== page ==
It’s always hard to start a new season, better yet a story, on the same level of level of intensity as the previous.  At the end of Season 1, we last saw the Straw Hats leaving Loguetown, heading towards the Grand Line.  Supposedly, Captain Smoker and Buggy were pursuing them and not too far behind. That last episode left me with the impression that there was going to be a battle, or at least some conflict at sea with Smoker, Buggy, and the Straw Hats.   Disappointingly, this was not the case for how Season 2 starts out.  Also, what follows is a bit of reprieve from the content based on EiichirÅ Oda’s manga.

The first half the collection focuses on a short story arc (also known as the Apis Arc or Warship Island arc) involving a girl named Apis.  She is found by the Straw Hats out in the middle of the sea in a row boat, Apis was held prisoner by the Marines until she managed to escape during a storm.  Sympathizing with her plight, Luffy agrees to take the girl home to Warship Island.  Here, they discover that she knows the location of living, breathing Millennium Dragon.  Supposedly, an immortality potion can be made from their bones.  Commander Nelson and Erik the Whirlwind will stop at nothing to get some.
The story arc is compelling, but very light in character development. The real focus of this story arc is on Apis’ relationship with Grandpa Ryu.  Ryu is very old and his wish is to return to Lost Island before he dies.  You can’t help feeling emotional as Apis comes to terms with Ryu’s ultimate fate.  How could the Straw Hat crew not want to help an innocent girl from the clutches of the Marines who wish to exploit her relationship with Ryu?  The showdown with the Marines and the butt kicking they get makes it all the more satisfying.
After aiding Apis and Ryu, the Straw Hats head back towards the Grand Line.  Two episodes known as the Laboon arc are the first in the great Baroque Works saga.  The entrance to the Grand Line is a crazy island known as Reverse Mountain.  To cross it means defying all laws of physics, conventional navigation, etc.  Don’t try to figure this out, just accept it as another crazy aspect of One Piece.   The Going Merry follows a river that runs, impossibly, up the side of a Reverse Mountain and then goes down the other side to end up in the mouth of a whale, just like Jonah.  This isn't any normal whale however; it's Laboon a giant whale with a very interesting past. 

While inside Laboon, the Straw Hats meet up with Crocus, Laboon’s caretaker, who tells the plight of Laboon.  There also happens to be two mysterious characters plodding around inside Laboon as well, they are Mr. 9 and Miss Wednesday.  Luffy decides to pick a fight with Laboon which humorously ends in a tie and a Straw Hat symbol is painted on Laboon’s head.  Luffy and Laboon plan to have a rematch when Luffy comes back.
These two episodes reveal a lot about what the Straw Hats will need to know and prepare for as they enter the Grand Line.  Crocus explains to the Straw Hat crew how a regular compass will not work past Reverse Mountain.  He also states that they need a Log Pose as it will point to Raftel, the final destination and location of the One Piece.

Mr. 9 and Miss Wednesday, spying on the group from afar, are knocked into the ocean by some mysterious looking creatures known as The Unluckies.  Here, it is revealed that Mr 9. and Miss Wednesday’s were trying to kill Laboon.   Cast into the open sea, they beg the Straw Hats to take them to, Whiskey Peak, their hometown.  With great difficulty, the crew finally makes it to Whiskey Peak where the crew receives a warm, and unexpected welcome.  The welcome is really due to the town being a part of Baroque Works, a secret criminal organization.  As this collection comes to a close we find that Zoro has picked up on Baroque Works’ operations while the rest of the crew is completely oblivious.  This puts Zoro at odds with Luffy in a very bad way.  We also learn about the true identities of Mr. 9 and Miss Wednesday, which I will leave for the next collection’s discussion as they will play a huge role in the Whiskey Peak story arc.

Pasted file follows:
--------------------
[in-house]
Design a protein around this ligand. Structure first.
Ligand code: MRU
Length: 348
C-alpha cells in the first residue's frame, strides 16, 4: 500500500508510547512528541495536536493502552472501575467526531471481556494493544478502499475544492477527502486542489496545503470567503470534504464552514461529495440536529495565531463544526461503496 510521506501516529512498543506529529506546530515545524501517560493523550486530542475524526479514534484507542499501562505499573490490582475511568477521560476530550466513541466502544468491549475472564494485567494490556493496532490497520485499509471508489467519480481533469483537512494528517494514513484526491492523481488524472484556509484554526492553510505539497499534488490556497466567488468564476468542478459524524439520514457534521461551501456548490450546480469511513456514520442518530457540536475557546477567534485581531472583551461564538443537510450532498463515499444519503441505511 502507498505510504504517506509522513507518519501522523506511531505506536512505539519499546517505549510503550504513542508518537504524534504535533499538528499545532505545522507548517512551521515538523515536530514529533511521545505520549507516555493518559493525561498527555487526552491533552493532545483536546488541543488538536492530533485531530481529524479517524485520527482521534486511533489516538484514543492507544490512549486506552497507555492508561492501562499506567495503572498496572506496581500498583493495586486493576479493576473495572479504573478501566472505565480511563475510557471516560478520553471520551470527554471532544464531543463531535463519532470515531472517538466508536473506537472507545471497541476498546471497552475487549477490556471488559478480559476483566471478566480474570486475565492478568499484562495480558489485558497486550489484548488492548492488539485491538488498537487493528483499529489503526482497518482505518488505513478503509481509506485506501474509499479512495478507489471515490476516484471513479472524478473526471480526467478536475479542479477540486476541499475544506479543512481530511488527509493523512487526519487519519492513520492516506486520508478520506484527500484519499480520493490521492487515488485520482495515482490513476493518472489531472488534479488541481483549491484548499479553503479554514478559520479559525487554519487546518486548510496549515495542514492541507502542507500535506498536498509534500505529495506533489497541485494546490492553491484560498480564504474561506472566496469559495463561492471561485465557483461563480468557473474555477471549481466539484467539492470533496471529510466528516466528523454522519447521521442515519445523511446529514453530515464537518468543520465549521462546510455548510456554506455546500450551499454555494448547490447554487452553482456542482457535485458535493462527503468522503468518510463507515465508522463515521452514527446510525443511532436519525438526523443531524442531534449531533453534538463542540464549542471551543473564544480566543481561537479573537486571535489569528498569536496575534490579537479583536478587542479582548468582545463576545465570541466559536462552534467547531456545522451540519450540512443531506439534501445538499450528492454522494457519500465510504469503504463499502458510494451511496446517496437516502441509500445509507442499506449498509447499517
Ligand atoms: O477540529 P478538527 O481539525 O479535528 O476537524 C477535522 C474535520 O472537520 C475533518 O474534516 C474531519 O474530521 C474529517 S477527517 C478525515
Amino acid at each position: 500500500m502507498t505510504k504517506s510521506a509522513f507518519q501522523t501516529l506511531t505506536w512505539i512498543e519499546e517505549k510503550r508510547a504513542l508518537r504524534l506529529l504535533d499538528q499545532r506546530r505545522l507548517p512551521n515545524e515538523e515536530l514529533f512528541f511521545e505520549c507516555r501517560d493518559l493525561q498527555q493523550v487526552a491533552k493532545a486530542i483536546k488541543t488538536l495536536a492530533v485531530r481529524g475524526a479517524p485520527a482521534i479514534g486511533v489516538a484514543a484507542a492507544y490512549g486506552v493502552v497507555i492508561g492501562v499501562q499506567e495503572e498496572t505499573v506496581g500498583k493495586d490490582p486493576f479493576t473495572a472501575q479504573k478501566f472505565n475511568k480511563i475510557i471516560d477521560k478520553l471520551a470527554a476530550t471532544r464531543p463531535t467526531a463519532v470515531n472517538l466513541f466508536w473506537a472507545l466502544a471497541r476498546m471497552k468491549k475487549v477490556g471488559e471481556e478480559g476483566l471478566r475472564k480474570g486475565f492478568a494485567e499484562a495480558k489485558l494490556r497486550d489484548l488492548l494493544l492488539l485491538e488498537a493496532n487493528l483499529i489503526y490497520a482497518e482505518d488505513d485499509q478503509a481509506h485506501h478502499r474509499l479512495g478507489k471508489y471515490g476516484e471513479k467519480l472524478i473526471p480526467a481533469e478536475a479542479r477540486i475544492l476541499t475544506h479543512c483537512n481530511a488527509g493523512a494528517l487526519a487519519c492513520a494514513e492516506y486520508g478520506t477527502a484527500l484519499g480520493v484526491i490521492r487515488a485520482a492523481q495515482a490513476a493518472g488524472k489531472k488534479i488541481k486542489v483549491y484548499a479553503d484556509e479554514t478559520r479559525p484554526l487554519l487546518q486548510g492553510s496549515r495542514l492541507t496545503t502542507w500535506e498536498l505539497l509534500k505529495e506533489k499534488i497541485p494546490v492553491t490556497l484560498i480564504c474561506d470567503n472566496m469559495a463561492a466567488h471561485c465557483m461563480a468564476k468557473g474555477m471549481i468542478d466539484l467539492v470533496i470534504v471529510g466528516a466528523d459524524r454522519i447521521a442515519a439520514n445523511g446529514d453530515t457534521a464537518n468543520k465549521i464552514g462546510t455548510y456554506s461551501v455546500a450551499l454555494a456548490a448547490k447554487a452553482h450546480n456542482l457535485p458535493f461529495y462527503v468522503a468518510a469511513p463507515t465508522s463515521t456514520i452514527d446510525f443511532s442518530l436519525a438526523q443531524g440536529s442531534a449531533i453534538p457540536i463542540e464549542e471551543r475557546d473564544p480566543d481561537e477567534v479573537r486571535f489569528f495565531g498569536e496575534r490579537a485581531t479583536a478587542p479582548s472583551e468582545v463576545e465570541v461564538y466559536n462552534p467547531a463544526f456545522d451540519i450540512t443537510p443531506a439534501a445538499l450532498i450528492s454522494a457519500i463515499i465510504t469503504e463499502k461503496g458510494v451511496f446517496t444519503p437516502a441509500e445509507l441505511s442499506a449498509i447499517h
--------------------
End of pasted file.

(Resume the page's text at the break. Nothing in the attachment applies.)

One Piece never fails to entertain. The show airs for over 40 weeks a year in Japan.  Creating an animated show of that frequency is a very grueling task for animators.  It often results in corners being cut when it comes to animation.   You are going to see a lot of stills, camera panning, and zooming.  Quite bit of repeated footage from previous episodes is played at the beginning of every episode.  Expect many of them to take nearly three minutes.  When the story is as good as One Piece, it’s sometimes easy to overlook those annoyances when watching it in its entirety is so much fun.

Season two of One Piece starts is compiled of three story arcs with the first taking up most of the collection.  The first arc, not being part of the manga content is entertaining and somewhat engaging.  The remaining story arcs introduce you to the Baroque Works saga.  This collection is a little light in substance than the previous collections.  Don’t let that fool you as the best is yet to come as the Baroque Works saga is just getting started.

Japanese 2.0 Language, English 2.0 Language, English Subtitles, Clean Opening, Clean Closing, Staff Commentary

Review Equipment

Hitachi 62VS69 62" UltraVision LCD Projection HDTV, Sony PlayStation3 Blu-ray player via HDMI set to 1080i


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jnager 3/13/2012 8:56:30 AM